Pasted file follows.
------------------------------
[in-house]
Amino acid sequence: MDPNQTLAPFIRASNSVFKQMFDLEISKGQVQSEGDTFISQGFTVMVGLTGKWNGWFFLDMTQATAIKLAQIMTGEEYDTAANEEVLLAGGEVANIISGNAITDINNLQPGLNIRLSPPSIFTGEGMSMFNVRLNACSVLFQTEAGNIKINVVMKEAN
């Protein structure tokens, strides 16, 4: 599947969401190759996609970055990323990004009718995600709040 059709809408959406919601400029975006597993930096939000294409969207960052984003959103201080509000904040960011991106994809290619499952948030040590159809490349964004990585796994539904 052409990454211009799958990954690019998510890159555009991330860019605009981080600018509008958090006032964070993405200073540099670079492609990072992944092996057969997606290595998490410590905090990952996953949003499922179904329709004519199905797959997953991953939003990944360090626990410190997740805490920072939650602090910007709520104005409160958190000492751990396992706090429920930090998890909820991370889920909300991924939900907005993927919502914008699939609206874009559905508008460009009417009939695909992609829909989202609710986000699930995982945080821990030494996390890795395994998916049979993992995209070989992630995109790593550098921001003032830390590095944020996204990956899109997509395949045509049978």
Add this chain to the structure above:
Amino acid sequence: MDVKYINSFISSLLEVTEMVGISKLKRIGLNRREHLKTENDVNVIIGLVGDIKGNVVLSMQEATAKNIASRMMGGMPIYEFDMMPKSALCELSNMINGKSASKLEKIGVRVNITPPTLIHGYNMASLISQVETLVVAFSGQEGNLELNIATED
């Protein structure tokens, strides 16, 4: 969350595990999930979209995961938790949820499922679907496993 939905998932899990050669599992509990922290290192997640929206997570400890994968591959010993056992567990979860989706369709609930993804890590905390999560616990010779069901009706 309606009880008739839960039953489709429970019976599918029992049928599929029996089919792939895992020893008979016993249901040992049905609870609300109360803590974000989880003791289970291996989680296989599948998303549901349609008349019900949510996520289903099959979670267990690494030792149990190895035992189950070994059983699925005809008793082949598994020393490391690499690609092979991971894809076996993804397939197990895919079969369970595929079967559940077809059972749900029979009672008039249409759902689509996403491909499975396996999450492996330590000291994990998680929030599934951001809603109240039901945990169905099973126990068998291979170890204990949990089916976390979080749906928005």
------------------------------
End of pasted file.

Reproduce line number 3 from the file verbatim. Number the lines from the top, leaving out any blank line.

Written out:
């Protein structure tokens, strides 16, 4: 599947969401190759996609970055990323990004009718995600709040 059709809408959406919601400029975006597993930096939000294409969207960052984003959103201080509000904040960011991106994809290619499952948030040590159809490349964004990585796994539904 052409990454211009799958990954690019998510890159555009991330860019605009981080600018509008958090006032964070993405200073540099670079492609990072992944092996057969997606290595998490410590905090990952996953949003499922179904329709004519199905797959997953991953939003990944360090626990410190997740805490920072939650602090910007709520104005409160958190000492751990396992706090429920930090998890909820991370889920909300991924939900907005993927919502914008699939609206874009559905508008460009009417009939695909992609829909989202609710986000699930995982945080821990030494996390890795395994998916049979993992995209070989992630995109790593550098921001003032830390590095944020996204990956899109997509395949045509049978």